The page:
NASA has been poking around the dust and rock on Mars for some time now, and as far as we know there’s nothing to indicate that any living organisms currently inhabit the Red Planet. There is, however, a muppet.
In a new batch of images snapped by NASA’s Mars Reconnaissance Orbiter there appears to be something lurking on the planet’s surface. It’s not an alien ship or some sort of sci-fi space monster. No, it’s actually a clumsy lab assistant made out of fluffy fabric, and his name is Beaker.
Mars has yielded all kinds of optical illusions in the past, with casual observers thinking they’ve seen everything from a manmade cannonball to a crashed alien ship. None of these things are actually what they seem, and the same is obviously true this time around, but it’s impossible to deny the likeness.
— HiRISE: Beautiful Mars (NASA) (@HiRISE) August 13, 2018
I mean, just look at it. That’s definitely Beaker.
Back in reality, what we’re actually looking at is bulbous formations of frozen carbon dioxide which have amassed at the planet’s pole. These massive frozen glaciers give the landscape a very alien appearance, and it’s easy to start seeing things that aren’t really there. In fact, several Twitter users have chimed in with their own interpretations.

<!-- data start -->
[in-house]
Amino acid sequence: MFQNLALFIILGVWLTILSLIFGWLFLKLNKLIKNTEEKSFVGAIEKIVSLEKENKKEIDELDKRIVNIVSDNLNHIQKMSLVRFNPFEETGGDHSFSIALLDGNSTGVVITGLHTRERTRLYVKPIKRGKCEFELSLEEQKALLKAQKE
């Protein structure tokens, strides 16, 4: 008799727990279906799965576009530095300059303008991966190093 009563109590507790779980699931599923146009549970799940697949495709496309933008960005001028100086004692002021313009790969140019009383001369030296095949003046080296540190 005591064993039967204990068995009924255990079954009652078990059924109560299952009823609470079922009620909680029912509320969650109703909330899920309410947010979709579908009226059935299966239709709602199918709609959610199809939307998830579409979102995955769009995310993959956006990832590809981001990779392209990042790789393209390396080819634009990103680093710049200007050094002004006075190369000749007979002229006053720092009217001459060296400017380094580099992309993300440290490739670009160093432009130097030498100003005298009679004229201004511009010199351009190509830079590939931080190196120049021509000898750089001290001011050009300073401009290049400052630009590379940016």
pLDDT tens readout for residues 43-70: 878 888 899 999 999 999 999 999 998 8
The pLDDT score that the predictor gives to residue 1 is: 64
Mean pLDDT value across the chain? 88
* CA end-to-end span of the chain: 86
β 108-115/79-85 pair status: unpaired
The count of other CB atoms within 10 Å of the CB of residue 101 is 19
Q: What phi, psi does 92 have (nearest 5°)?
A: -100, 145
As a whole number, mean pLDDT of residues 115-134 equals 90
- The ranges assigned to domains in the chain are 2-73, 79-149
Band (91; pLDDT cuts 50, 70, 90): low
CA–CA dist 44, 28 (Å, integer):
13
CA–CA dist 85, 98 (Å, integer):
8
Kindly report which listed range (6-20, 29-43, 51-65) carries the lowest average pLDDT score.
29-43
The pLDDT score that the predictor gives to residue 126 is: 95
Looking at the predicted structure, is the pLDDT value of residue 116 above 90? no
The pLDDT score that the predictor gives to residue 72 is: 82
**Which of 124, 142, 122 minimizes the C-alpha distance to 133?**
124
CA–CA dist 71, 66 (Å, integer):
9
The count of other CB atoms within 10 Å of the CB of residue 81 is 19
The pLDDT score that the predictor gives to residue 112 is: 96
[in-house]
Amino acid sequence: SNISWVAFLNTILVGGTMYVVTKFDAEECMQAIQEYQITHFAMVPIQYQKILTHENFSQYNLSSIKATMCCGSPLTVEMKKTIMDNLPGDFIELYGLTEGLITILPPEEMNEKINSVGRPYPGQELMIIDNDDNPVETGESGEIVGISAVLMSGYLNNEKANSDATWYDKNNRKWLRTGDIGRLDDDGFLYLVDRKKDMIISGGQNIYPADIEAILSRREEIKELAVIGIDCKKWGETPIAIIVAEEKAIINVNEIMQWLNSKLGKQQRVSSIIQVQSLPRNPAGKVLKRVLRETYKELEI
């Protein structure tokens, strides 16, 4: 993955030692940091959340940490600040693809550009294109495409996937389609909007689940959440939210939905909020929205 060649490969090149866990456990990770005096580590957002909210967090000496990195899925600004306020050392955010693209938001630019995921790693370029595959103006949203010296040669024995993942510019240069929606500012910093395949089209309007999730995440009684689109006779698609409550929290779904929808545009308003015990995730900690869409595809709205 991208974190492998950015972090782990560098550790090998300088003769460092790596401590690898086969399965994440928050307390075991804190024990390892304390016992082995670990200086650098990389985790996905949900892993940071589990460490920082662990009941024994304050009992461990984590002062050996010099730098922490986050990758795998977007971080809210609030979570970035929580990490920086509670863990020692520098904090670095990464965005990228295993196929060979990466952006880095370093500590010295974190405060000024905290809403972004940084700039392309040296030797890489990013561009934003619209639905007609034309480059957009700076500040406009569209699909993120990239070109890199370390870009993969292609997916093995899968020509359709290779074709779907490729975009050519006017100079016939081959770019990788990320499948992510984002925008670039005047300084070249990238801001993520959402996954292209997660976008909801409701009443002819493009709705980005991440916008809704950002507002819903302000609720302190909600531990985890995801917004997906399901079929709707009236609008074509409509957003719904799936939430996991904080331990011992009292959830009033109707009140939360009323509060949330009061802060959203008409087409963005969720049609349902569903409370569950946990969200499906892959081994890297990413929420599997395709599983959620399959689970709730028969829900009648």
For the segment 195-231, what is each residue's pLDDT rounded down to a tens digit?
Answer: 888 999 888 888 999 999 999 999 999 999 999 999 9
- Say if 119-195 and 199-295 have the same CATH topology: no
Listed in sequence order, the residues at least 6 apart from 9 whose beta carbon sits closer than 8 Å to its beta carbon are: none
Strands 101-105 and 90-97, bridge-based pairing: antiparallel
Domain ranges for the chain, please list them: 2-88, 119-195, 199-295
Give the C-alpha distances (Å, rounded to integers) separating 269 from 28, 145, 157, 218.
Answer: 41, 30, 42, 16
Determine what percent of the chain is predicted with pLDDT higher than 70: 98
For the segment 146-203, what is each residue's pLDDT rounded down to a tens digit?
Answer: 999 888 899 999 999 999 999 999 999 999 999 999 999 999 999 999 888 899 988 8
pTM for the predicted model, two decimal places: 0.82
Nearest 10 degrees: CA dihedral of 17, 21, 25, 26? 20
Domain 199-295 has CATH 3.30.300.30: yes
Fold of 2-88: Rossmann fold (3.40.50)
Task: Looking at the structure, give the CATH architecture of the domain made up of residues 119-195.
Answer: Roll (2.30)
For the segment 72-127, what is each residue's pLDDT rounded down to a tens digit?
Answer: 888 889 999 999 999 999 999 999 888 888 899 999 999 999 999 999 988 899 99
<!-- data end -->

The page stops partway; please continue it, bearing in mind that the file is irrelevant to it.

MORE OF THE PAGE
Here we have Scrooge McDuck:
He's not alone ;-) pic.twitter.com/ZIqIQLQvZT
— Mischa Visser (@MischaDakar) August 16, 2018
— [منيرة] (@Monirah_A_M) August 17, 2018
And even the Cookie Monster lurking just below our friend Beaker:
— Mike Montez (@Methinkso) August 16, 2018
Who knew Mars was such a popular place?
NASA is used to people thinking they see things on Mars that aren’t actually there. In their tweet, they refer to it as the phenomenon known as pareidolia, which is the habit of people to assign meaning and value to vague shapes that aren’t necessarily what they appear to be.
The most famous example of this is of course the “Face on Mars,” which is a rocky formation which, under the perfect lighting conditions, takes on some of the features of a human face. The first grainy image of the face was taken by NASA’s Viking, and just happened to show the “face” in the perfect light. Subsequent images from newer technology revealed the feature to be far less humanoid.